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The architect of the new war on the West

Writings by al-Qaida strategist Mustafa Setmariam Nasar lay out the post-9/11 plan of decentralized cells joined in jihad.
Al-Qaeda leader Mustafa Setmarian Nasar is shown in an undated photo provided by Rewards for Justice.Rewards for Justice via AP file
/ Source: a href="" linktype="External" resizable="true" status="true" scrollbars="true">The Washington Post</a

From secret hideouts in South Asia, the Spanish-Syrian al-Qaeda strategist published thousands of pages of Internet tracts on how small teams of Islamic extremists could wage a decentralized global war against the United States and its allies.

With the Afghanistan base lost, he argued, radicals would need to shift their approach and work primarily on their own, though sometimes with guidance from roving operatives acting on behalf of the broader movement.

Last October, the writing career of Mustafa Setmariam Nasar came to an abrupt end when Pakistani agents seized him in a friend's house in the border city of Quetta and turned him over to U.S. intelligence operatives, according to two senior Pakistani intelligence officials.

With Spanish, British and Syrian interrogators lining up with requests to question him, he has turned out to be a prize catch, a man who is not a bombmaker or operational planner but one of the jihad movement's prime theorists for the post-Sept. 11, 2001, world.

Counterterrorism officials and analysts see Nasar's theories in action in major terrorist attacks in Casablanca in 2003, Madrid in 2004 and London in 2005. In each case, the perpetrators organized themselves into local, self-sustaining cells that acted on their own but also likely accepted guidance from visiting emissaries of the global movement.

Nasar's masterwork, a 1,600-page volume titled "The Call for a Global Islamic Resistance," has been circulating on Web sites for 18 months. The treatise, written under the pen name Abu Musab al-Suri, draws heavily on lessons from past conflicts.

Nasar, 47, outlines a strategy for a truly global conflict on as many fronts as possible and in the form of resistance by small cells or individuals, rather than traditional guerrilla warfare. To avoid penetration and defeat by security services, he says, organizational links should be kept to an absolute minimum.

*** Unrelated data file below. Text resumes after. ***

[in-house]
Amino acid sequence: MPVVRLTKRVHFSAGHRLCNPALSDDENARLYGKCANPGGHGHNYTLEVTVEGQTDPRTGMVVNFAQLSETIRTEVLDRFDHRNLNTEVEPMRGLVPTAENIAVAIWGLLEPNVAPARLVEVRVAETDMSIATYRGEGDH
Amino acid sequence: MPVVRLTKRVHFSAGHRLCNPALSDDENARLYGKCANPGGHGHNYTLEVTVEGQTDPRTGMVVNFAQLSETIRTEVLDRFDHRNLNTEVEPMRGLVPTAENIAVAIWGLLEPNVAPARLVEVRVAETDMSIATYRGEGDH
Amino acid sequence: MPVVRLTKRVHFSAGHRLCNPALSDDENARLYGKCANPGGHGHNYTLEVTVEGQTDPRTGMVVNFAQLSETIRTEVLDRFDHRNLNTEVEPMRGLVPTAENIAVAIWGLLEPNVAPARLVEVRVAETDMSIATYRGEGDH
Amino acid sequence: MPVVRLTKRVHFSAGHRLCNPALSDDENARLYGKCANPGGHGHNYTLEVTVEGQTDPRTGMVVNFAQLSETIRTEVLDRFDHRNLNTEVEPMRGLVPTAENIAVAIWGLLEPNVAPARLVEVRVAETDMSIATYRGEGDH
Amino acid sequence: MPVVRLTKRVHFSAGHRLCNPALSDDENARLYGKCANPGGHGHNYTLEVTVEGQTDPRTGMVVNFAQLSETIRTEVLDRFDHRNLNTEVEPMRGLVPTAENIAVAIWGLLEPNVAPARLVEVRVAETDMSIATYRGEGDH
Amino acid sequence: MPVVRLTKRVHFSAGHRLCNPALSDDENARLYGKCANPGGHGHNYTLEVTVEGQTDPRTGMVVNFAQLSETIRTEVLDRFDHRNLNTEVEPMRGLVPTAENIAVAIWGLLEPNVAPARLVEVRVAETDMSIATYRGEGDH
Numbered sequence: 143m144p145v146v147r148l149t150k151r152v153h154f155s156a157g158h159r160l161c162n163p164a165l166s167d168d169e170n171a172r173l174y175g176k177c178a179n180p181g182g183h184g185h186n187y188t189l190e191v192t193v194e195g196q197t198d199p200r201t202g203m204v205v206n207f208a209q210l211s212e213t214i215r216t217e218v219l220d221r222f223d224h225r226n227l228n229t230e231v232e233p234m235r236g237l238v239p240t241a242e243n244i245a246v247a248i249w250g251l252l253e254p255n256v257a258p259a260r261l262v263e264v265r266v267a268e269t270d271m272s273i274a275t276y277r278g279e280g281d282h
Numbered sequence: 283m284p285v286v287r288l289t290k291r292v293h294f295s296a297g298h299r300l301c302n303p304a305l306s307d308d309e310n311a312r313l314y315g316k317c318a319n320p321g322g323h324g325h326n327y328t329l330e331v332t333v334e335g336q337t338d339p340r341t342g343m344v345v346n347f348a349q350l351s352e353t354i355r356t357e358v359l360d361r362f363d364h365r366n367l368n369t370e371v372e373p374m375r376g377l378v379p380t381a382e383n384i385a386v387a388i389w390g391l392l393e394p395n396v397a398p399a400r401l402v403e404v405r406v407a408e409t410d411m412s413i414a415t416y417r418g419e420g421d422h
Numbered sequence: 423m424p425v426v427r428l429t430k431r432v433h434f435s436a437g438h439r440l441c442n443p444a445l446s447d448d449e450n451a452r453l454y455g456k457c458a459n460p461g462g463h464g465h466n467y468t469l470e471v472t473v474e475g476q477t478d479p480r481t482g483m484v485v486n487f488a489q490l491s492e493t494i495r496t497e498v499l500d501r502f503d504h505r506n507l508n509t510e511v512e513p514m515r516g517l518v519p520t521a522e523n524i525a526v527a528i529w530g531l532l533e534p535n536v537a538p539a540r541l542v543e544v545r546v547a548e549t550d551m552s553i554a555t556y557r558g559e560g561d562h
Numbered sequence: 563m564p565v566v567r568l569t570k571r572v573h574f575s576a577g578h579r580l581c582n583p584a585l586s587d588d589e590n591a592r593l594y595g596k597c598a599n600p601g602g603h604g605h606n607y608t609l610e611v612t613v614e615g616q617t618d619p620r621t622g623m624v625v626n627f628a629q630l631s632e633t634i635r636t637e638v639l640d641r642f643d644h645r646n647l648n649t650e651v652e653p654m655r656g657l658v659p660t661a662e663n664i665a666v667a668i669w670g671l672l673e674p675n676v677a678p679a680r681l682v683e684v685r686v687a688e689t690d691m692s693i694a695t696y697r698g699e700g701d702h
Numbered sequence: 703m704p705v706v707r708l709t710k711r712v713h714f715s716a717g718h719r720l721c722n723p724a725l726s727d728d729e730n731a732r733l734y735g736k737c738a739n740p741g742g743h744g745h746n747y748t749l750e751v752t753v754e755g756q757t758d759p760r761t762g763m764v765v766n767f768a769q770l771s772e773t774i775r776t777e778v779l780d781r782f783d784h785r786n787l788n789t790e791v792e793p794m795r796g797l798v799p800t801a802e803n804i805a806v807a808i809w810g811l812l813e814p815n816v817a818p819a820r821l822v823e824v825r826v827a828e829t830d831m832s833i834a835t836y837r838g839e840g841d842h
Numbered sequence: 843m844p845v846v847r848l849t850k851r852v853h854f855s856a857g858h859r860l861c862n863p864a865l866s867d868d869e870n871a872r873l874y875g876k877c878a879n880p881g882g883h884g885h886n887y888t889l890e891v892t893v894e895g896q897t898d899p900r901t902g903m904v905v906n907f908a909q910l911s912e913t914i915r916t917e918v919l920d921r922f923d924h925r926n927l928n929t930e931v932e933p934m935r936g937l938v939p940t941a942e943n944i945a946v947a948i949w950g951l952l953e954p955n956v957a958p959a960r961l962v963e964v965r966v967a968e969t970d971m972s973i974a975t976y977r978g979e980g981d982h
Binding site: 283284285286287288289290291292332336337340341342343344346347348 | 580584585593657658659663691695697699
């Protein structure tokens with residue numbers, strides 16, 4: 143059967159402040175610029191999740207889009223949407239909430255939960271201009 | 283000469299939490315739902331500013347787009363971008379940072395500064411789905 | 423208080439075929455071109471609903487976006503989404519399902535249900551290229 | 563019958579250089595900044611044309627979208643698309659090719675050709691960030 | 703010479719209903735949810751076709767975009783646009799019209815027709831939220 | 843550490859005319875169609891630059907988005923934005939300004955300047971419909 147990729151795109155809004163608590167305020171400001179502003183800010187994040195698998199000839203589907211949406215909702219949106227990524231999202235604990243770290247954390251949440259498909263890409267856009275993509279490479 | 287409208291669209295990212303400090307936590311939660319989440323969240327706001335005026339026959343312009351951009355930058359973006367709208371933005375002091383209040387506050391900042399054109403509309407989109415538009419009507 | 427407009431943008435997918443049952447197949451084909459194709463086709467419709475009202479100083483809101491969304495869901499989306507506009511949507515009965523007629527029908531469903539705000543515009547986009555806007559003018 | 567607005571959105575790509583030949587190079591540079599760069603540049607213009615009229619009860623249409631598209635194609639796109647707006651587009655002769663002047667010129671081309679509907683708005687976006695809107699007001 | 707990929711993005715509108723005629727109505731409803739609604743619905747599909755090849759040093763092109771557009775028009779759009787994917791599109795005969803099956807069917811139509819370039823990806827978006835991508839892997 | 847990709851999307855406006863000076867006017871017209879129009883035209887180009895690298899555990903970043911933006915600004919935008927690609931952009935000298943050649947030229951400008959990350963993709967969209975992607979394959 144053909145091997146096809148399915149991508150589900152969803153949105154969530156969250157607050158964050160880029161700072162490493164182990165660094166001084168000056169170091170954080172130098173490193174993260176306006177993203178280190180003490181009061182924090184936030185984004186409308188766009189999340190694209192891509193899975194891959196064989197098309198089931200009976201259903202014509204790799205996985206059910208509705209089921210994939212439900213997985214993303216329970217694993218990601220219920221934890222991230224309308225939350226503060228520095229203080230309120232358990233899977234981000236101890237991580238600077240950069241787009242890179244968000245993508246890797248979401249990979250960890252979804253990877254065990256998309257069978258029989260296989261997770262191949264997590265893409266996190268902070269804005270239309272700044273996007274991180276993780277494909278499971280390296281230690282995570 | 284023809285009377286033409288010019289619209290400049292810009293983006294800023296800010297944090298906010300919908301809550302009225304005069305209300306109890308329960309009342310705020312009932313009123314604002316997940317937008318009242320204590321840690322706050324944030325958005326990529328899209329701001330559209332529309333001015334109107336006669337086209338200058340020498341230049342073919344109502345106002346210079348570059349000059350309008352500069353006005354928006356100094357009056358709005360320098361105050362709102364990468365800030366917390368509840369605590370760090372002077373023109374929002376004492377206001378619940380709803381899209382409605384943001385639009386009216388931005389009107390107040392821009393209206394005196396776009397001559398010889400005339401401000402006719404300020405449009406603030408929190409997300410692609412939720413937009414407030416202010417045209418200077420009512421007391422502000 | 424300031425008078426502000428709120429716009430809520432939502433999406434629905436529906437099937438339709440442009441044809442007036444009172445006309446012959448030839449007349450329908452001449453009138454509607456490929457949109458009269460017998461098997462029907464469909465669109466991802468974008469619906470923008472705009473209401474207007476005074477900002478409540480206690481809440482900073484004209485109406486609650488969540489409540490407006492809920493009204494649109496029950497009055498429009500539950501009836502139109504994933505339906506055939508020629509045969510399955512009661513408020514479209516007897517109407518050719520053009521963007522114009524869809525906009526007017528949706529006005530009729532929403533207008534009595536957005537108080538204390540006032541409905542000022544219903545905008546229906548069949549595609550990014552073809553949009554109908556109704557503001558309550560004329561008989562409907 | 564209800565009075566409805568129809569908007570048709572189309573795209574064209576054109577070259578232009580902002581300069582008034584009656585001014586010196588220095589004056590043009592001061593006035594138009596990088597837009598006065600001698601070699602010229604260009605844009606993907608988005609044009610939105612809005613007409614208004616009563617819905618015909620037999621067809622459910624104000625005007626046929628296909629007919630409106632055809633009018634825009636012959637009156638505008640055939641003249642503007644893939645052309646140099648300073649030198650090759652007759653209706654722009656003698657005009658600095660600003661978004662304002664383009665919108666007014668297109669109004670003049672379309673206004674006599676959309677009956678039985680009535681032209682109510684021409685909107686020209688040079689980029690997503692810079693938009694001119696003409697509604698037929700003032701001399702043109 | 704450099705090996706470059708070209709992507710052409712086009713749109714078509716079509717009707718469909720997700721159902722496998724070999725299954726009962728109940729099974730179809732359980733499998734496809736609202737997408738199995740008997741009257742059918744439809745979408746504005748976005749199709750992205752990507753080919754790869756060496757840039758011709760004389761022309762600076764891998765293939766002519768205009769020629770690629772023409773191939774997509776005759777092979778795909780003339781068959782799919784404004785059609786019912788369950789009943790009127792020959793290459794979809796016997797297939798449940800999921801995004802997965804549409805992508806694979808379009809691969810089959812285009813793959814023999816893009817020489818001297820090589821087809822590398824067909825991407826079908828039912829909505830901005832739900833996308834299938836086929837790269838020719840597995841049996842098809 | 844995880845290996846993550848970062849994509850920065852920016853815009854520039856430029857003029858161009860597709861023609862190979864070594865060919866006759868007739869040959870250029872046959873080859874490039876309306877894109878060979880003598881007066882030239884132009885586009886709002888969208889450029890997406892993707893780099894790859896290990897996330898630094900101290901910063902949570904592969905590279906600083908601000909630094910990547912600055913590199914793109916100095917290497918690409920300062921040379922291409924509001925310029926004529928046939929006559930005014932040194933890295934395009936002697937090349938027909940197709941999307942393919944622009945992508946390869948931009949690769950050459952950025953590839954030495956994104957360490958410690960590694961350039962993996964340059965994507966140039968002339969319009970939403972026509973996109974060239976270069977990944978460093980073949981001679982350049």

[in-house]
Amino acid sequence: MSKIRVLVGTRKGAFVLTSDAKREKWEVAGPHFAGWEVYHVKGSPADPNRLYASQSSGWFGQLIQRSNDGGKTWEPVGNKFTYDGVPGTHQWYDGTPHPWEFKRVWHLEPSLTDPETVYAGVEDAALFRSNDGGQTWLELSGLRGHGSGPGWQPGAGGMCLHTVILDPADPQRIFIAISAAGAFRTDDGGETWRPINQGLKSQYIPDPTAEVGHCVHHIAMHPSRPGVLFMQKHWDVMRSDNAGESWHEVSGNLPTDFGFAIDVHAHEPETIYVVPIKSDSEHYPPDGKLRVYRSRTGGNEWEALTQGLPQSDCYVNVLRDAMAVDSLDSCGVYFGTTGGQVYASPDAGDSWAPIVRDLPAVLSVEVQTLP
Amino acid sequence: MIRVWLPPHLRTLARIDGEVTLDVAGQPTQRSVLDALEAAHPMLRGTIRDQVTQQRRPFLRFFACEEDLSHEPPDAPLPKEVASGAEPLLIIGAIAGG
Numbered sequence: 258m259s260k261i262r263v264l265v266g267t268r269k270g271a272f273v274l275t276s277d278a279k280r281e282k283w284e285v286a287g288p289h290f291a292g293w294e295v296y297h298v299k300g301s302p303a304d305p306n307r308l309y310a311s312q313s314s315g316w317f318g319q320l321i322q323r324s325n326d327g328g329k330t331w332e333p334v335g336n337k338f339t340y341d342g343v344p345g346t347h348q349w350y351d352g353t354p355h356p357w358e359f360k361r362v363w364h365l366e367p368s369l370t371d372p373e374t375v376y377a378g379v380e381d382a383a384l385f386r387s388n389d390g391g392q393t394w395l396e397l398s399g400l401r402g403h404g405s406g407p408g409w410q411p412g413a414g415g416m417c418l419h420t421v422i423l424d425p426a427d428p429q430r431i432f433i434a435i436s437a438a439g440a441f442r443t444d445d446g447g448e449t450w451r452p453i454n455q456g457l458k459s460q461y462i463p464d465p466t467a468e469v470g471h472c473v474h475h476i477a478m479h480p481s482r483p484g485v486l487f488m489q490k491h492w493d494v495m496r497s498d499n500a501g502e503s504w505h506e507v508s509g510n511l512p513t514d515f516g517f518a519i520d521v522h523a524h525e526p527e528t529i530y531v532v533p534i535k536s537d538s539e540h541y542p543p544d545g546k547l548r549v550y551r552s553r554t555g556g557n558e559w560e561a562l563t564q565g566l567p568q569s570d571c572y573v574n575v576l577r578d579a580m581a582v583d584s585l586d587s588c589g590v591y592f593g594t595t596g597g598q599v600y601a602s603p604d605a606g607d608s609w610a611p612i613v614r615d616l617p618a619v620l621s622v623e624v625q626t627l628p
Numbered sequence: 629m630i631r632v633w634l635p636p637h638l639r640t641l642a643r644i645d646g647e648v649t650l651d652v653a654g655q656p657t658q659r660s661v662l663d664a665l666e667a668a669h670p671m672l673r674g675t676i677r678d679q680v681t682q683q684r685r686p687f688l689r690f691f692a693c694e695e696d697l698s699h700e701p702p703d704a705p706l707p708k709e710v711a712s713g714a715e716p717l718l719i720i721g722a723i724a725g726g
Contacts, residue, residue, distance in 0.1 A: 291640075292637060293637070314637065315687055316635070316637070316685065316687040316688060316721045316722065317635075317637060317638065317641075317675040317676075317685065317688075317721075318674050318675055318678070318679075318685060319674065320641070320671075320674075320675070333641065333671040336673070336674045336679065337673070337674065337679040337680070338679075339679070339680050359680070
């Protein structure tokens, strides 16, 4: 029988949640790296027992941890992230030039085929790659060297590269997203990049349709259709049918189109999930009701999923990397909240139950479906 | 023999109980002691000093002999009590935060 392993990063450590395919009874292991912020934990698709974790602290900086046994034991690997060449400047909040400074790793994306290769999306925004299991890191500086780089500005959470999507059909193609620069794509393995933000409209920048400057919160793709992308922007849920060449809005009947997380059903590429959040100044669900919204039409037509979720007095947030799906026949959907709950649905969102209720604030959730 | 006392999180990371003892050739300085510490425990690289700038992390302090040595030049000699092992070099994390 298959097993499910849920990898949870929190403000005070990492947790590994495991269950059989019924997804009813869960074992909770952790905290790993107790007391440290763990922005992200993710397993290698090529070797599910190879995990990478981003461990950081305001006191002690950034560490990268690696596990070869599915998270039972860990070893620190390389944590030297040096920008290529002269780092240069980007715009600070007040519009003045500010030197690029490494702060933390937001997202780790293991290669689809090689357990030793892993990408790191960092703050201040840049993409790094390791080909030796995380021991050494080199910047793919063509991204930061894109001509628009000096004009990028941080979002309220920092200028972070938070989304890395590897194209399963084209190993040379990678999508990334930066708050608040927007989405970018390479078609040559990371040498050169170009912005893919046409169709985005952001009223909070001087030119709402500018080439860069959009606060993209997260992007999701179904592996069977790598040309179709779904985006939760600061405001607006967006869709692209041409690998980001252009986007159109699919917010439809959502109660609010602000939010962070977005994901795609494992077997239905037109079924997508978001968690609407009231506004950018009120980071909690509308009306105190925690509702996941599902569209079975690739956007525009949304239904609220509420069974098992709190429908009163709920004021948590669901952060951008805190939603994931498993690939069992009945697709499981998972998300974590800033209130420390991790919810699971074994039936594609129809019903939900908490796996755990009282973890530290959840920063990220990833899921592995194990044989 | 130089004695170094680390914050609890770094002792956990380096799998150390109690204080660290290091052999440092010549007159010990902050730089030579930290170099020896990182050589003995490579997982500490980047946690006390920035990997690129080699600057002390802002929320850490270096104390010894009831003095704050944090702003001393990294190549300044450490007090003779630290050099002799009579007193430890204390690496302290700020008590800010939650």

"The enemy is strong and powerful, we are weak and poor, the war duration is going to be long and the best way to fight it is in a revolutionary jihad way for the sake of Allah," he said in one paper. "The preparations better be deliberate, comprehensive, and properly planned, taking into account past experiences and lessons."

Intelligence officials said Nasar's doctrine has made waves in radical Islamic chat rooms and on Web sites about jihad — holy war or struggle — over the past two years. His capture, they added, has only added to his mystique.

"He is probably the first to spell out a doctrine for a decentralized global jihad," said Brynjar Lia, a senior counterterrorism researcher at the Norwegian Defense Research Establishment, who is writing a book on Nasar. "In my humble opinion, he is the best theoretician among the jihadi ideologues and strategists out there. Nobody is as systematic and comprehensive in their analysis as he is. His brutal honesty and self-criticism is unique in jihadi circles."

After the bombings in Madrid and London, investigators fingered Nasar as the possible hands-on organizer of those attacks, because he had lived in both cities in the 1990s. But so far, investigators have unearthed no hard evidence of his direct involvement in those attacks or any others, although they suspect he established sleeper cells in Spain and other European countries.

‘A very difficult man’
Nasar was born in Aleppo, Syria, in 1958 and studied engineering. In the early 1980s, he took part in a failed revolt by the fundamentalist Muslim Brotherhood against Syrian strongman Hafez al-Assad. According to his own written accounts, he fled the country after that, then trained in camps in Jordan and Egypt. Later, he said, he moved to Europe when it became clear that Assad was firmly entrenched in power.

He arrived in Spain in 1985. He married a Spanish woman who had converted to Islam, and through that connection, he became a dual Spanish-Syrian citizen. He also made contacts with other Syrian emigres who belonged to the Muslim Brotherhood. His neighbor in a small town in the province of Granada was Tayssir Alouni, a journalist for the al-Jazeera satellite television network who would later interview Osama bin Laden. Another friend was Imad Eddin Barakat Yarkas, who was convicted last fall on charges of running an al-Qaeda cell in Spain.

In 1987, Nasar journeyed to Pakistan and Afghanistan to help Muslim fighters in their rebellion against Soviet forces in Afghanistan. He trained at camps, met bin Laden and joined the ruling council of al-Qaeda, according to a Spanish indictment filed against him.

When he returned to Spain in 1992, he concentrated on building his own cell there and also traveled widely in Europe to set up other al-Qaeda groups in Italy and France, according to the Spanish.

"He's pretty much designed the structure of the cells that have operated in Europe," said Rogelio Alonso, a terrorism expert and professor at King Juan Carlos University in Madrid. "He was the one with the prominent role as the individual who had the links with the higher echelons of al-Qaeda."

Although Nasar attracted the notice of Spanish police, investigators did not classify him as a serious threat. According to Spanish court papers, detectives had Nasar under surveillance in 1995. But when he moved to London that year, they stopped paying attention.

Life above ground in London
In London, Nasar led an above-ground life as a writer and voice of Islamic extremism. He did publicity work for al-Qaeda, helping to arrange interviews with bin Laden in Afghanistan for CNN and the BBC.